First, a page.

Britain, Conservatives, Edinburgh, Edinburgh Central, Holyrood Elections, Jack McConnell, Labour Party, LibDems, Politics, Sarah Boyack, Scotland, Scottish Elections 2007, Scottish Green, scottish independence, SNP, Solidarity, SSP, the left, Tony Blair

LibDems are out in Edinburgh Central

Well done to McGellie for catching the LibDems faking data on their electoral adverts for Edinburgh Central. I already couldn’t vote for Tory and SNP; now I can’t vote LibDem either… guess who’s left? Good old labour… so Sarah Boyack is probably gonna get my vote by default.

Which reminds me: SSP, Green, and Solidarity not having candidates for the Constituency vote is a huge favour to Labour – remember that next time they slag off Tony Blair or McConnell.

Britain, Conservatives, Edinburgh, Labour Party, LibDems, Politics, Scotland, scottish independence, SNP

Scottish Elections: last seven polls averaged out

I have averaged out the last seven opinion polls for the upcoming Holyrood Elections. Here’s the result:

Constituency: SNP 35.42%, Labour 30.14%, Tory 14.28%, LibDem 12.57%

Regional: SNP 33.57%, Labour 28.57%, Tory 14%, LibDem 11.85%

MSPs: SNP 47, Labour 43, Tory 18, LibDem 15

The seven polls:

28.3.07, Populus

29.3.07, Scottih Opinion (data here)

30.3.07, YouGov

1.4.07, TNS System Three (data here)

2.4.07, YouGov (commissioned by SNP, data here, MPSs count mine)

3.4.07, ICM (data here)

6.4.07, mruk (data here)

9/11, Britain, China, Cold War, Conservatives, House of Commons, Iran, New Labour, North Korea, nuclear deterrence, Politics, Russia, Scotland, scottish independence, SNP, Terrorism, Trident, WMD

The unspeakable case for nuclear deterrence

The only argument for nuclear deterrence that could be heard today in the Commons, from both New Labour and the Conservatives, was that the world’s future cannot be predicted; and that, in the absence of safe predictions over future threats, we must keep our nuclear weapons, just in case. This is, by the way, an admission that nuclear weapons, today, are not doing any deterrence. And it is, therefore, an admission that, today, nuclear weapons are not deterring North Korea, for example.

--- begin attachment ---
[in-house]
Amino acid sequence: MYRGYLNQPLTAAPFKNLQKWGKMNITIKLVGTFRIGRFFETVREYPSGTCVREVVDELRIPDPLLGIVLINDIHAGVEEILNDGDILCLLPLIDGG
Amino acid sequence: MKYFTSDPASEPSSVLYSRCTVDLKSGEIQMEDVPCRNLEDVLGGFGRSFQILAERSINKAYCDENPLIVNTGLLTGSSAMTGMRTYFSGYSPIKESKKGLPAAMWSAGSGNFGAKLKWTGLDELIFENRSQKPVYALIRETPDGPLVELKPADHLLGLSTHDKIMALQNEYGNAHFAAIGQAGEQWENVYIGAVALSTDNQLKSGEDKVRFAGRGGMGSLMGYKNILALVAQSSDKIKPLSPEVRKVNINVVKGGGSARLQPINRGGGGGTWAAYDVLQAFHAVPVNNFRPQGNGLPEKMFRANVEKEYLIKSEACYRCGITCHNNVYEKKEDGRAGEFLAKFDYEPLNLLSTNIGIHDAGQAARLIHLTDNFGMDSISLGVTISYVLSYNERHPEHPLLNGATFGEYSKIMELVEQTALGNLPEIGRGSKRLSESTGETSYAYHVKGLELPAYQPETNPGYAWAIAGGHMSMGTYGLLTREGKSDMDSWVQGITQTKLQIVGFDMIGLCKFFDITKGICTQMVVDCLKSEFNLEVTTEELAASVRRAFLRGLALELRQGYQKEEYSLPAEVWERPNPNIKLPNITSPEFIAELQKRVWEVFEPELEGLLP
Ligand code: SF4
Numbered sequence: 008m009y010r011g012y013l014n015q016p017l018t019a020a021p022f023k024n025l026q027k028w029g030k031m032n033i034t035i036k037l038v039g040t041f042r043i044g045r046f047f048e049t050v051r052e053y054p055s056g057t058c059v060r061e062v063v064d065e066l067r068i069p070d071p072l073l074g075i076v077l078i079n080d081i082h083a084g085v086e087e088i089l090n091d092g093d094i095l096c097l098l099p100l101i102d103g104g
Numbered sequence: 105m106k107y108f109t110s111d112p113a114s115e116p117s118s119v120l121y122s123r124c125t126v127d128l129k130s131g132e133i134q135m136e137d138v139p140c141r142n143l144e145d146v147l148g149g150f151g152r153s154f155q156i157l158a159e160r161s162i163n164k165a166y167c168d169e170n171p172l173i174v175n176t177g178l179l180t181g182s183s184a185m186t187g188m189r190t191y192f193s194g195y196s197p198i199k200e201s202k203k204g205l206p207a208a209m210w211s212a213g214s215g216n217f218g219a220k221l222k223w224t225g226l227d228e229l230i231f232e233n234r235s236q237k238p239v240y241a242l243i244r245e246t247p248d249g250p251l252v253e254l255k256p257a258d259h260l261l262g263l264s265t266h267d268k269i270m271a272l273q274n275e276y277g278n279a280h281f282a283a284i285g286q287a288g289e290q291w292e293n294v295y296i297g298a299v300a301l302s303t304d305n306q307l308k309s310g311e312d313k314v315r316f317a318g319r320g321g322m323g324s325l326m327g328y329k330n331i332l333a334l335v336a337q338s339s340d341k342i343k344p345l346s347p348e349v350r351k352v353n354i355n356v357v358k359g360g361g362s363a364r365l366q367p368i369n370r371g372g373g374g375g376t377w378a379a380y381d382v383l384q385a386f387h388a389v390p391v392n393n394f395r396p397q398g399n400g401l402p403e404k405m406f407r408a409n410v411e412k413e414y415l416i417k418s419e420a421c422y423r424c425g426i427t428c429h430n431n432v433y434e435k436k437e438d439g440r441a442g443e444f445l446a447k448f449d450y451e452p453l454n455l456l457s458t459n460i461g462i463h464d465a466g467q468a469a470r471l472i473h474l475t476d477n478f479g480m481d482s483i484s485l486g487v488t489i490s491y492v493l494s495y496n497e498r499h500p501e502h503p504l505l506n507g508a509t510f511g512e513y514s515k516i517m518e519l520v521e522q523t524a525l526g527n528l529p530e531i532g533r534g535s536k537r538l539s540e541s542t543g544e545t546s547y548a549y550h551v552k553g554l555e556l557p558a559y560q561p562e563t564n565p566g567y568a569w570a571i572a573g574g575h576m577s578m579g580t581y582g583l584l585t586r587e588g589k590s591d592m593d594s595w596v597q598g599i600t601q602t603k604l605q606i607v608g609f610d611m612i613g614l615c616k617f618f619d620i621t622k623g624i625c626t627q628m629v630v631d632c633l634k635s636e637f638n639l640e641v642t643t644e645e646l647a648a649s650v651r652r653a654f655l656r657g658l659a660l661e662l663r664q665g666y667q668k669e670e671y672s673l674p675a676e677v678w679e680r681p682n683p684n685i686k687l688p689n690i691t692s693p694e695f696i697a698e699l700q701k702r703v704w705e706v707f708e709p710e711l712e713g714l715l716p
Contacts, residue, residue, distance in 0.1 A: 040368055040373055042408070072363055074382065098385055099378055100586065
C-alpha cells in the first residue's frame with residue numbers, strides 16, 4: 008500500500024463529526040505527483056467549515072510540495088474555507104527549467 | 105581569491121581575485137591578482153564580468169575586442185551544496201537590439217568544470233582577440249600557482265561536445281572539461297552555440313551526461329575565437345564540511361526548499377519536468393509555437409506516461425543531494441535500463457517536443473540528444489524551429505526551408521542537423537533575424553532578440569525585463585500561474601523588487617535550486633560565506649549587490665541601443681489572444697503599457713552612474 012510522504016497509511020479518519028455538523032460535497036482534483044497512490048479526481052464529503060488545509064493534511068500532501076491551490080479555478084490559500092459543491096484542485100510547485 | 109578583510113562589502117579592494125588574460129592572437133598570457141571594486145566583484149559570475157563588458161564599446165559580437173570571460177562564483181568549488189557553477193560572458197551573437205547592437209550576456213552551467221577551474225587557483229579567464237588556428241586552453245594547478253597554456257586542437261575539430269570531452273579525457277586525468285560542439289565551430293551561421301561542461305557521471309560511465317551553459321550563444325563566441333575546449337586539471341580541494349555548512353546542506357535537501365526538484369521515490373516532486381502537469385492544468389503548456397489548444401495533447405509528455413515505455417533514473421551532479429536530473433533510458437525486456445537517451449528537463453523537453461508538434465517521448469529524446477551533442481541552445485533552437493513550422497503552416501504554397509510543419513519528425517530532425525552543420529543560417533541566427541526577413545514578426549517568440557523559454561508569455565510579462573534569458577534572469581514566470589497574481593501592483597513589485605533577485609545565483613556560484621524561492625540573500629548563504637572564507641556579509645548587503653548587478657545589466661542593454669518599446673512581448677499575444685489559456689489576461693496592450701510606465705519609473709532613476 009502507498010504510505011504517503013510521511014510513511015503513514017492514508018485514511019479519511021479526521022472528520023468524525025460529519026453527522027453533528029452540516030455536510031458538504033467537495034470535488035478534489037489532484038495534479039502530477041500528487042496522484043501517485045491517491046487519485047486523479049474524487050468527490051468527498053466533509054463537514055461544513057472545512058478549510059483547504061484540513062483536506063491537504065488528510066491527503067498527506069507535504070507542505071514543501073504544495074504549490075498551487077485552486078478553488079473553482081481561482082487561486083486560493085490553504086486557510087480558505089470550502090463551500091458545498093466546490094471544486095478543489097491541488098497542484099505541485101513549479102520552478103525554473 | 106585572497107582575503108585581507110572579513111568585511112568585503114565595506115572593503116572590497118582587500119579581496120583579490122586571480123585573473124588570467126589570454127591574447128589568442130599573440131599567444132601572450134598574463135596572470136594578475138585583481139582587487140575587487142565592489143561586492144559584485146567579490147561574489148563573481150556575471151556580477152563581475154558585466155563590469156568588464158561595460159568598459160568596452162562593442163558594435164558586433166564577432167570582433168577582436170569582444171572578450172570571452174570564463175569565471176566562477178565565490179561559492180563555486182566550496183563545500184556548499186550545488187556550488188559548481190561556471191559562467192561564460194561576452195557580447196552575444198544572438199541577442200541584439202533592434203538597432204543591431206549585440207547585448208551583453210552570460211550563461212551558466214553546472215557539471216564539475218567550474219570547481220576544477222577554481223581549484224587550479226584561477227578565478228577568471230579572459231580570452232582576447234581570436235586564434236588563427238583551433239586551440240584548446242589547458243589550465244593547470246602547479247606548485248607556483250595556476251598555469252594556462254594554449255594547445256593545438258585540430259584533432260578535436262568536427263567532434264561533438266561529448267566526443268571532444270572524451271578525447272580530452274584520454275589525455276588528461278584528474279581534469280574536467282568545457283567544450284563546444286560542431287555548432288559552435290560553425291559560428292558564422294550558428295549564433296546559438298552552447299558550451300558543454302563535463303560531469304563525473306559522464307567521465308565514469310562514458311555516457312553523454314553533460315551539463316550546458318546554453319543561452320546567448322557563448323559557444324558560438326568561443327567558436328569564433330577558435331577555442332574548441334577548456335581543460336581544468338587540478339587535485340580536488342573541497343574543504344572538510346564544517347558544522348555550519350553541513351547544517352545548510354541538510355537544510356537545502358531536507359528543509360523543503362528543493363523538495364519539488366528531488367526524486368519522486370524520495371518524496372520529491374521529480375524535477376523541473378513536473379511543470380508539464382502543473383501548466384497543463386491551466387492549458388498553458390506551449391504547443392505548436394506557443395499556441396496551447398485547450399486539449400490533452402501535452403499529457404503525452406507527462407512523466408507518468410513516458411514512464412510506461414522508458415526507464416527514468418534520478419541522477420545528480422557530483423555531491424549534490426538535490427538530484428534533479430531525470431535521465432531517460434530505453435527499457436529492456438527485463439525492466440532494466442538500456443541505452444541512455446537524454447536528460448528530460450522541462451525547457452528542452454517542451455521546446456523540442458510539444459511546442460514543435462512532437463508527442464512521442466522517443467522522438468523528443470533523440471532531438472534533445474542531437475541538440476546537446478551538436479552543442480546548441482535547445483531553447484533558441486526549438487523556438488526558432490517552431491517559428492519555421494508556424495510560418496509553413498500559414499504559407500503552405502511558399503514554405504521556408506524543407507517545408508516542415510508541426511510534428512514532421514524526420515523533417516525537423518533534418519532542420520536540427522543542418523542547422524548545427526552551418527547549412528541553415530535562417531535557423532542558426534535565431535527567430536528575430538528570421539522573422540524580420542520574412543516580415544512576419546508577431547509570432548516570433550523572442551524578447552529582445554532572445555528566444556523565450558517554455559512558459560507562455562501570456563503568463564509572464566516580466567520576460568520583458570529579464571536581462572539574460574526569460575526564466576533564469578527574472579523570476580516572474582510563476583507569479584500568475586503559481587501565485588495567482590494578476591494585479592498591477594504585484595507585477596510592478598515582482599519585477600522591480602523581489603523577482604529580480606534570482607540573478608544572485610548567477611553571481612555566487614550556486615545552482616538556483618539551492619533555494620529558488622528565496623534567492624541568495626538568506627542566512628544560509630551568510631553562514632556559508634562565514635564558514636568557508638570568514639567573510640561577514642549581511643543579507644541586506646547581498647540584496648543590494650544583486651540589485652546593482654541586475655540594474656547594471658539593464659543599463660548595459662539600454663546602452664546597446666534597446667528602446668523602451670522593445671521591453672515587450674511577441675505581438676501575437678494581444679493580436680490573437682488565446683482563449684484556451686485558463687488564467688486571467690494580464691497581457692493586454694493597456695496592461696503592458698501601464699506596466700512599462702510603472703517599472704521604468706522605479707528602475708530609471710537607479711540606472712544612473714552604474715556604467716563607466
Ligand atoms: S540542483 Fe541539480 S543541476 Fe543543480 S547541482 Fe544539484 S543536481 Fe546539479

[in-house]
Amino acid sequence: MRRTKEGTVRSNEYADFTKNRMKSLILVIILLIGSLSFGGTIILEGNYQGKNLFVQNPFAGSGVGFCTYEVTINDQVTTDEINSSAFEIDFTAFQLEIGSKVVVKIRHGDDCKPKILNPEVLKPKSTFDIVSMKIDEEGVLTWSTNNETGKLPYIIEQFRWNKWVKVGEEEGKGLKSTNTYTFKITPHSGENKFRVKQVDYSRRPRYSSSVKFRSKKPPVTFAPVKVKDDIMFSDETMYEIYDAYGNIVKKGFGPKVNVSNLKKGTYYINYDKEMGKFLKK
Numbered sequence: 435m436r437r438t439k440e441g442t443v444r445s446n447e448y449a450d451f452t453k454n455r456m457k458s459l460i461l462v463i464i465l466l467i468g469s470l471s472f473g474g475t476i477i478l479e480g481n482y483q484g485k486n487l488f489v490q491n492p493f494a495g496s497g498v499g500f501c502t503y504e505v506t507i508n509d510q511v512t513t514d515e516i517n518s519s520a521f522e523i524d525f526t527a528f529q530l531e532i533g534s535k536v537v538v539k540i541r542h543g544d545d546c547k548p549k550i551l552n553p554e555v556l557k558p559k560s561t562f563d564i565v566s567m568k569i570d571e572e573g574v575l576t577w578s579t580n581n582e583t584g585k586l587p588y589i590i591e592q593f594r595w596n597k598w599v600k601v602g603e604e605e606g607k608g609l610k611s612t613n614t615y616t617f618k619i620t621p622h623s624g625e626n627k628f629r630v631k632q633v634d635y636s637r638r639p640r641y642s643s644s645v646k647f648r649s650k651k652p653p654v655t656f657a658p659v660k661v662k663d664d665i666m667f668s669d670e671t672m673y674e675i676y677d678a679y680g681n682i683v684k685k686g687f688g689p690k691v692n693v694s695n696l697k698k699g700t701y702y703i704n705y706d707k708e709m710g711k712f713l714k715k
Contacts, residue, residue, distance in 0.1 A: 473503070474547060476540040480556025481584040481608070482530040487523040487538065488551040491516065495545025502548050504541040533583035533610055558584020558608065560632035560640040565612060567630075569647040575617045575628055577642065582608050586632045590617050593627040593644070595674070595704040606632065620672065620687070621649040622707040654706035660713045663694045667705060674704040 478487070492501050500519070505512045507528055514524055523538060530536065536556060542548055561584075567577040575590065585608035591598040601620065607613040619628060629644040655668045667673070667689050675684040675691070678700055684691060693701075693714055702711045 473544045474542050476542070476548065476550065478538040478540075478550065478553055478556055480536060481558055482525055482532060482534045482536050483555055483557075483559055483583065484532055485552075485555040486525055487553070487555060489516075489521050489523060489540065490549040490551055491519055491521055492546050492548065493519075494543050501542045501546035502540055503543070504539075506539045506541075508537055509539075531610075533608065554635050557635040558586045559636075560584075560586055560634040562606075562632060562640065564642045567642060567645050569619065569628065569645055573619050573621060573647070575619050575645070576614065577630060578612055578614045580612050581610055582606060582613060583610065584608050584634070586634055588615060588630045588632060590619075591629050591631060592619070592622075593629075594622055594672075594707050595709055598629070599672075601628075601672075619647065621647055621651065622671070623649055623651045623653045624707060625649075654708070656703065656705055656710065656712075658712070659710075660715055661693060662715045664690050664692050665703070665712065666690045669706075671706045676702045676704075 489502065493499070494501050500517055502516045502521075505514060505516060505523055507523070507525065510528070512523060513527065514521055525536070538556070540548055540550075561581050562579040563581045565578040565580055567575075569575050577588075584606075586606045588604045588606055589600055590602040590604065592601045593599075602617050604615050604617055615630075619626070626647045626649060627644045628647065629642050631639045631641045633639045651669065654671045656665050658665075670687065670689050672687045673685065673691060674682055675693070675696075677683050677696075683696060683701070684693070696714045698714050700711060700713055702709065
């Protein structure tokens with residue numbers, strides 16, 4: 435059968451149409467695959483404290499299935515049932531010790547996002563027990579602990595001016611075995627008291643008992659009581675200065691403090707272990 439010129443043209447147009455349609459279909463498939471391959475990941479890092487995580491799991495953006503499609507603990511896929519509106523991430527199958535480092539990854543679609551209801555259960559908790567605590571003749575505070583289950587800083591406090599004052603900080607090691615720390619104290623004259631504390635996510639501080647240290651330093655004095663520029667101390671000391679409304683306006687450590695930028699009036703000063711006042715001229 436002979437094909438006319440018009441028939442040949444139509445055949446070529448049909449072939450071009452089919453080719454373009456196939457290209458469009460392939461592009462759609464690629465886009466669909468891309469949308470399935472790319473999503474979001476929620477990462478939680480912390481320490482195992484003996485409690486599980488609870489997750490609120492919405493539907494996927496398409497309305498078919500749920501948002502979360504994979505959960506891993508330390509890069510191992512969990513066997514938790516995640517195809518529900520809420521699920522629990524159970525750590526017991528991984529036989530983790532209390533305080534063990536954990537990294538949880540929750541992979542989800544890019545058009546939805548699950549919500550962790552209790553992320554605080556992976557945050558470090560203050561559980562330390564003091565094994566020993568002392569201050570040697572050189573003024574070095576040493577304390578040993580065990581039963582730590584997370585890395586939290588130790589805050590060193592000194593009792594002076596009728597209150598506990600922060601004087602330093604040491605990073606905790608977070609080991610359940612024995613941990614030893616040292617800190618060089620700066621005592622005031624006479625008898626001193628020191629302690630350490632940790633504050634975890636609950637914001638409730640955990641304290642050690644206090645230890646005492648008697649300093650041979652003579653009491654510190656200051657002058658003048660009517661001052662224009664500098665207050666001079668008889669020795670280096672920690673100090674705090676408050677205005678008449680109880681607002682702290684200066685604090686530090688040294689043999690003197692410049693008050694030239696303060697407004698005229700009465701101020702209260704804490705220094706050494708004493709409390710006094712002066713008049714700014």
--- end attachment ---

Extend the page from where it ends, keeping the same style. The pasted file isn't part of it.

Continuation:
Now, not only this is a bad argument; this, actually, is no argument at all. Because it does not point to anything as the justification of nuclear deterrence. To justify nuclear deterrence, as to justify anything, we must point to something: in this case, we must point to, if not actual, at least possible threats. If there are no possible threats to point to, than there is no justification for nuclear deterrence. But possible threats are not even enough: being attacked from outer space is a possible threat, but in the absence of any reasons for thinking that this might actually happen, this possible threat does not constitute a justification for nuclear deterrence (if the government does indeed think that this is a reason to keep Trident, let us hear it).

So whoever cares to justify nuclear deterrence, must point to reasons for thinking that those threats might materialize. Unfortunately the government is not in the position to name any possible future threat that we have reason to think might materialize; because that would unsettle its international relations. The government, for example, cannot mention any reasons for thinking that, 50 years down the line, China might turn nasty. So, in short, the government is not in a position to justify nuclear deterrence. Make of it what you like: it might be that the government must have the right, in the interest of its people, not to make necessary claims that would, though, unsettle its relations with the international community. Or it might be that, in the absence of a public justification to Parliament of nuclear deterrence, the government is asking the Commons to vote on an unjustified motion – and that Parliament should never vote for an unjustified motion.

But the Conservatives, which are using the same arguments as the government, are not in that delicate position. The Conservatives can, therefore, name their reasons; they therefore ought to: let us hear them!

UPDATE: MPs voted to renew Trident, 409 to 161, majority 248. According to The Guardian, around 85 Labour MPs voted against the Government.

Britain, Labour Party, Political Philosophy, Politics, republicanism, Scotland, scottish independence, SNP, Tony Blair

A, very modest, proposal

Blair cannot pretend that Scottish independentism is just about economic interests: the same way that the Nats’ commitment to an independent Scotland goes far beyond their desire to control Scottish resources, others, on the left, want to leave the Union because they want free of the Queen. In a slogan, if the Nats want to ditch the “United” bit of the UK (in fact in their plans for independence the Queen would remain Head of State), others are more worried about the “Kingdom” bit. And it is just those people that might tip the balance at the next Scottish elections if the debate is polarized by the independence issue: people that wouldn’t’ mind independence if that opened up the possibility of a Scottish Republic. So here comes the proposal: Mr. Blair, promise us a British Republic, and we’ll stick to Westminster.